The core of each structure was a double gabion basket, 1 m × 1 m × 2 m with the long dimension parallel to the shore. These were placed on the shallow sea floor at predetermined sites, with the long axis parallel to the shore, and filled in with rounded river stones (largely in the 20–50 cm size range). At the start, the rocks had clean surfaces with nothing growing on them. The gabion baskets were overlain with standard welded steel mesh bars used in local construction, spacing 15 cm, dimensions about 2.1 m by 5.4 m. These sheets were curved into an arc to fit over the top of the gabion basket, with the long dimensions at right angles, so that the long axis of the arc was perpendicular to the shore, oriented into the waves coming over the shelf edge coral reef. They were welded across at the base with support rebars and vertical bars to strengthen them. Each unit was carried by four people at low tide, placed over a gabion basket and wired to it with hose clamps and binding wire. The growth of minerals over the steel cement it firmly to any hard rock bottom, and cement sediment around the bases on sand or mud, firmly attaching the structure to the bottom. The structures sit on the bottom under their own weight and that of the rocks they contain.
Beach profiles were measured using the U-tube water level measuring method [32
]. They are estimated to be accurate vertically to about a millimeter, and horizontally to about a centimeter, by repeated measurements. The beach profile before the start of the experiment was estimated from photographs taken before and after from the same positions with common objects of known size in the images for scale. The accuracy of the pre-project beach profile estimate is thought to be about 10 cm vertically and one meter horizontally. Unfortunately, the apparatus for making rapid and accurate beach profiles was not built until September 2016, eight months after the start of the project. A second set of measurements was made in January 2017, a year after the start of the project, after a severe storm and at several more intervals since then. Initial beach profiles were estimated by measuring the height of the erosion cliff at the start of the project using the measured height of concrete foundations as a scale.
The speed of beach regrowth astonished local residents. The formerly concave beach, ending in an eroding cliff, is now convex in its profile and growing. Large trees that had been dying after sand washed away, exposing their roots to sea water, have leafed out new canopies since the sand built up around their roots.
By the time of the first beach profile measurements the eroded beach had almost completely grown back and the erosion scarp, 1.36 m tall, was reduced to about 10 cm. About 80% of the beach grew back in less than 3 months and has continued to grow ever since, even during strong storm conditions that in the past caused severe erosion. Over the course of a year the beach has increased in height by more than a meter, and in width by more than 15 m, over a two hundred meter length, a conservative estimate of an increase of beach sand volume of 3000 cubic meters. Most of the gains occurred in the first two months, but have continued since (Figure 5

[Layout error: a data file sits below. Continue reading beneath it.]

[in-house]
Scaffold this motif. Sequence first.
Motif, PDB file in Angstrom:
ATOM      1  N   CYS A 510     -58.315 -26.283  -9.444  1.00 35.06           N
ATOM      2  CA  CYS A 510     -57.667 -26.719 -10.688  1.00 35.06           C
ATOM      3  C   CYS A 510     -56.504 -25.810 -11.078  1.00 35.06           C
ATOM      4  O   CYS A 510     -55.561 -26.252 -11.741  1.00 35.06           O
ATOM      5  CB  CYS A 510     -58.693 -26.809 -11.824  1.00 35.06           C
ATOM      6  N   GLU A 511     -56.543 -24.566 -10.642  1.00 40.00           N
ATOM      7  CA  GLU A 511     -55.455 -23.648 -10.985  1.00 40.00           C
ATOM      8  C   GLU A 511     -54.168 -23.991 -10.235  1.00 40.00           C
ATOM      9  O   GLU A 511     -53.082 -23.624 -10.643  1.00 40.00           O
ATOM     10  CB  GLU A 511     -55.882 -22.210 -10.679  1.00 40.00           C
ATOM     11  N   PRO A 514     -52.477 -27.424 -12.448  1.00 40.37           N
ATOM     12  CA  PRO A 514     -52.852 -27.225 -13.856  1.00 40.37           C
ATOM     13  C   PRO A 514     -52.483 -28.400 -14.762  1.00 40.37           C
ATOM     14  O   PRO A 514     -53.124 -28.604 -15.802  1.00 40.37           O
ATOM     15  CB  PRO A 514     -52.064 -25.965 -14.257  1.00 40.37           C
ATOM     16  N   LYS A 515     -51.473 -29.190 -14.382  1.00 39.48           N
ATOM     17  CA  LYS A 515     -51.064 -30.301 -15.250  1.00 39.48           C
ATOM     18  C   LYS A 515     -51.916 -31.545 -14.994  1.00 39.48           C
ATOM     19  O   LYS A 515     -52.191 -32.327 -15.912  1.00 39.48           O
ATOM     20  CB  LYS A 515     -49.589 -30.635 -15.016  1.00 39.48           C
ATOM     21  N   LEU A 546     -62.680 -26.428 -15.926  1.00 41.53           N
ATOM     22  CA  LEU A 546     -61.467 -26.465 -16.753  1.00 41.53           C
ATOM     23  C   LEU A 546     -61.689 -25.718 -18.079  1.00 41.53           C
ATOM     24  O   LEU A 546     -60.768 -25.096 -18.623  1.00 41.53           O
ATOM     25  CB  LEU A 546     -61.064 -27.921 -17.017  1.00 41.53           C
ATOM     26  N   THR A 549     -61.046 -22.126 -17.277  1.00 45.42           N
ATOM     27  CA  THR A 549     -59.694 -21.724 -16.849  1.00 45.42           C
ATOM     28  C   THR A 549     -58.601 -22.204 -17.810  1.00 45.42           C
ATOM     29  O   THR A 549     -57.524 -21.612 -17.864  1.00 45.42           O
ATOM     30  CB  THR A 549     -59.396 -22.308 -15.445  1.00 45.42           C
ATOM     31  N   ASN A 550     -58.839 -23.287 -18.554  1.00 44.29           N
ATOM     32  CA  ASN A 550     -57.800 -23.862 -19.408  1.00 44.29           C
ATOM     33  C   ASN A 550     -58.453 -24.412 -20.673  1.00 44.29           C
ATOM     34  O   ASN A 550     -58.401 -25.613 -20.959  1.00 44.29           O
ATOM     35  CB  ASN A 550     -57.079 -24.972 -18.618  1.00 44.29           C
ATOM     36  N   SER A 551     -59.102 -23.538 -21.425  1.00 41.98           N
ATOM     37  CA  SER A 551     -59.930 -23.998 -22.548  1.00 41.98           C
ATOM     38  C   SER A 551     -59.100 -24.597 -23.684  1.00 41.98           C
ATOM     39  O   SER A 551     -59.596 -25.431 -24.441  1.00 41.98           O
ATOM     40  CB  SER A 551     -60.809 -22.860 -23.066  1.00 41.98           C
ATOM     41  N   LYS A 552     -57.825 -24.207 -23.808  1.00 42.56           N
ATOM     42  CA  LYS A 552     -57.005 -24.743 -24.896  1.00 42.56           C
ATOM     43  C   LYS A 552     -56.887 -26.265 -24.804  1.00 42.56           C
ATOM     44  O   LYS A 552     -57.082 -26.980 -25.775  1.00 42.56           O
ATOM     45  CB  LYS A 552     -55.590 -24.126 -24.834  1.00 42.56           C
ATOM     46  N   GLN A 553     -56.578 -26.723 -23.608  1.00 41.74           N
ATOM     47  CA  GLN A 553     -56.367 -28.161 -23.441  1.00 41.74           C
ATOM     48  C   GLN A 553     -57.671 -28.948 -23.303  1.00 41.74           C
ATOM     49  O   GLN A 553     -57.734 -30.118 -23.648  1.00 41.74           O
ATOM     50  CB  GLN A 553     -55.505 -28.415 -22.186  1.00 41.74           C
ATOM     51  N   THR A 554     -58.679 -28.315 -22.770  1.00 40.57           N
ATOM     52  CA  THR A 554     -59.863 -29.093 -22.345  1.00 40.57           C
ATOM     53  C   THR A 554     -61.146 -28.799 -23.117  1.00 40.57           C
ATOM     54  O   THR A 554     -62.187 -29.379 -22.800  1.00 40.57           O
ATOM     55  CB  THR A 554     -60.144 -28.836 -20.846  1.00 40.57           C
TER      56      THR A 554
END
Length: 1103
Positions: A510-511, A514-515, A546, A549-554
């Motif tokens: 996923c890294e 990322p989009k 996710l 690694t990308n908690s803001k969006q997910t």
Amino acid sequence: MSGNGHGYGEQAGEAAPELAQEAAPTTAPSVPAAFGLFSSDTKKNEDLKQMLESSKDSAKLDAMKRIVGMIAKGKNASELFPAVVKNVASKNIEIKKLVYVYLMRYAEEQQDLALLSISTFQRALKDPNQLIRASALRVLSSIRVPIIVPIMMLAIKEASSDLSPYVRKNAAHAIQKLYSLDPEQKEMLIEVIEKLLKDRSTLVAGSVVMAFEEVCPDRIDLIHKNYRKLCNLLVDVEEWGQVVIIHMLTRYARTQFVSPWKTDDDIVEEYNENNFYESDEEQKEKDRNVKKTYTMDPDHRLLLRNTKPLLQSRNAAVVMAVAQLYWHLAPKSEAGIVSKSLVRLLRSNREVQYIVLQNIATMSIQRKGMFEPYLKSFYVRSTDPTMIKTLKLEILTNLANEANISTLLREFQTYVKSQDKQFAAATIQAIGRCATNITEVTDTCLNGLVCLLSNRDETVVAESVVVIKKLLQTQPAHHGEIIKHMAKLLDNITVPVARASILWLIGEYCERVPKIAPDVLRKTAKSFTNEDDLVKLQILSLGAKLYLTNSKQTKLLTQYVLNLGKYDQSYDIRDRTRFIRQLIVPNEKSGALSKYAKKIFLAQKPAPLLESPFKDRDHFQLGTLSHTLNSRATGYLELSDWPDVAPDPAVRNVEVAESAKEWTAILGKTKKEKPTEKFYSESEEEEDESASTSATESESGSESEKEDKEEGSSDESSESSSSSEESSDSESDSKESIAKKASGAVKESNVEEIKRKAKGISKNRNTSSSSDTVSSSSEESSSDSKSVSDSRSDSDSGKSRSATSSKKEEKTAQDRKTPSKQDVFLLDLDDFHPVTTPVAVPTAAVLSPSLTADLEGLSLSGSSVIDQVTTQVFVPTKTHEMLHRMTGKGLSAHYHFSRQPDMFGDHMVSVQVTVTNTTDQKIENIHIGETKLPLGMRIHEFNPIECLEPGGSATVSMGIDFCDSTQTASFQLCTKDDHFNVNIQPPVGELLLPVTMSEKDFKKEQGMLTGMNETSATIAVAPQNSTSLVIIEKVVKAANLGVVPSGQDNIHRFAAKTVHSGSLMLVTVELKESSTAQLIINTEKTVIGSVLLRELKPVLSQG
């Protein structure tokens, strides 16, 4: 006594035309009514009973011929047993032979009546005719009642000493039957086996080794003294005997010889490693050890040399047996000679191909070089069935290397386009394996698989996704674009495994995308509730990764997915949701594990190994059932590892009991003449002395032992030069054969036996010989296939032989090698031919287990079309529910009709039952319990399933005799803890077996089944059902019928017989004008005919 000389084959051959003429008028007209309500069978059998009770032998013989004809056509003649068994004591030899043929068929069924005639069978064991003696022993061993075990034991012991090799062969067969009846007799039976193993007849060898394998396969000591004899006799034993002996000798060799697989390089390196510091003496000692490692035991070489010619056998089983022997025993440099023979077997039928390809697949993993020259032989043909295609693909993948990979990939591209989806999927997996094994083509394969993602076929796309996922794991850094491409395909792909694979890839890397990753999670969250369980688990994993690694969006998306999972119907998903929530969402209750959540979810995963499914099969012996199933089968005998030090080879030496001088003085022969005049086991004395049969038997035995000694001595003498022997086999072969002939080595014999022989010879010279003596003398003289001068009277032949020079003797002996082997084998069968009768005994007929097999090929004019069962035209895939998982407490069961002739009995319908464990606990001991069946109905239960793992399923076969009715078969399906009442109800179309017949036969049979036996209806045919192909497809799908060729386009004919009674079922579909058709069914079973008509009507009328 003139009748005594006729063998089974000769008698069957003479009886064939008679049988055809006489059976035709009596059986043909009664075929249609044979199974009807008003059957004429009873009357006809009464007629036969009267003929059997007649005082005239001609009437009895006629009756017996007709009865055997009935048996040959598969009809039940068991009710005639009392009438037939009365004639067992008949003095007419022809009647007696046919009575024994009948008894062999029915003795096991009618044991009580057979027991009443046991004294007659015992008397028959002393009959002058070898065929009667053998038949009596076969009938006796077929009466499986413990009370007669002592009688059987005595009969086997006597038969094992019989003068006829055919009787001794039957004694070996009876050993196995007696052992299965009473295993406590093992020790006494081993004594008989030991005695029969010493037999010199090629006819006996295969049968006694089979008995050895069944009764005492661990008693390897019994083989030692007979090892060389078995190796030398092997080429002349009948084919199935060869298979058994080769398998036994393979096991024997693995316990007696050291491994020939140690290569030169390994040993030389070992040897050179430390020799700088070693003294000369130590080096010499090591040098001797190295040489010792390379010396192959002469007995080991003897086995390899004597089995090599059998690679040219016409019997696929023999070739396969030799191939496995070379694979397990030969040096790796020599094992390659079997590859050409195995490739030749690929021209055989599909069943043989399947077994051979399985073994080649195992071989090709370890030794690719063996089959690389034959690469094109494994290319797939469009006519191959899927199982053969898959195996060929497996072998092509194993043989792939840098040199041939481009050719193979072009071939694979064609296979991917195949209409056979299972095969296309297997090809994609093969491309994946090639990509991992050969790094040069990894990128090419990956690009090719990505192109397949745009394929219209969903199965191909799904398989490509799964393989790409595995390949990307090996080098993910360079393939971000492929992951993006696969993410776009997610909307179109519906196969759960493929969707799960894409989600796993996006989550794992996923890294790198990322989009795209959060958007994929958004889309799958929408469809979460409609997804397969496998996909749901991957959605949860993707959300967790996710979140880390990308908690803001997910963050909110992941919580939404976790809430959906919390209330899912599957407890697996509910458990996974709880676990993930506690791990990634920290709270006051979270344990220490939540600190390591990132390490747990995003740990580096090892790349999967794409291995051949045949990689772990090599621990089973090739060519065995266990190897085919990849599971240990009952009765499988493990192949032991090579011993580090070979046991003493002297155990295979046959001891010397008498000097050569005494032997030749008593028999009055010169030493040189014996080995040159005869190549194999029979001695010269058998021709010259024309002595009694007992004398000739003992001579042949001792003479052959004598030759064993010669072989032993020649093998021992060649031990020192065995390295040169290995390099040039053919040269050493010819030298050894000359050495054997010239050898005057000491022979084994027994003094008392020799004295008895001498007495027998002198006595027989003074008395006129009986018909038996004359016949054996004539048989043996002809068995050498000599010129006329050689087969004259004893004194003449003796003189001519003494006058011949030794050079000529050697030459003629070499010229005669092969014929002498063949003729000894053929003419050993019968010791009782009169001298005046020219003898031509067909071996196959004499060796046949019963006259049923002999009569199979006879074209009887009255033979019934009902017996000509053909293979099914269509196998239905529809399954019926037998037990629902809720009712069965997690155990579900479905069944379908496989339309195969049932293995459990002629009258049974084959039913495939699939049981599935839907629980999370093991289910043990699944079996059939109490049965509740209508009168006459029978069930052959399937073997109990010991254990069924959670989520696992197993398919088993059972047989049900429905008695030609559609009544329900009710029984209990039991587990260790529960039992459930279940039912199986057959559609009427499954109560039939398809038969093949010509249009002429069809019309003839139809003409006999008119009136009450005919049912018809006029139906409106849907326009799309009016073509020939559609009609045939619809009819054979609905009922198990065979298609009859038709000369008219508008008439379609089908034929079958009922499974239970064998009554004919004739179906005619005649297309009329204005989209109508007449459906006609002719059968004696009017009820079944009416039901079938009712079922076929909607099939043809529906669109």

The beach growth in the first year was wider at the south than at the north. But there were interesting differences after a severe storm in early January, which caused some erosion of the southern end of the beach, while there was substantial growth of the central and northern sections. Since then the center and north have continued to grow, while the south has continued to erode slowly (Figure 6
There has been prolific growth of hard and soft corals all over the bases of the structures and in intervening areas (Figure 7
a–e), prolific growth of sea grasses all around them, dense settlement and growth of barnacles, mussels, and clams on the rocks in the core of the BAW structures, and a rapid increase in juvenile fish and echinoderm populations. In addition, there has been prolific growth of sand-producing calcareous green and red algae around and between the structures.
Wave fronts are dissipated as they pass through the structures, breaking up the coherence of incoming wave fronts (Figure 8
a–c). This dissipation behaves as refraction through permeable structures. But the wave interaction can include a reflective component once structures have grown to be solid with all pores filled in, or if the rock fill is too impermeable to transmit wave pressure through intervening spaces. In that case, sand-eroding scour will be caused, while purely refractive dissipation increases sand accumulation underneath and behind the structure. There is also a diffractive component caused by wave interaction with the metal structure spacing and lattice spacing, which appeared to damp waves at spatial scales that range from the spacing of the metal grid used (0.1 m), the size of the modules (1–5 m), and the spacing of the modules (roughly 10 m).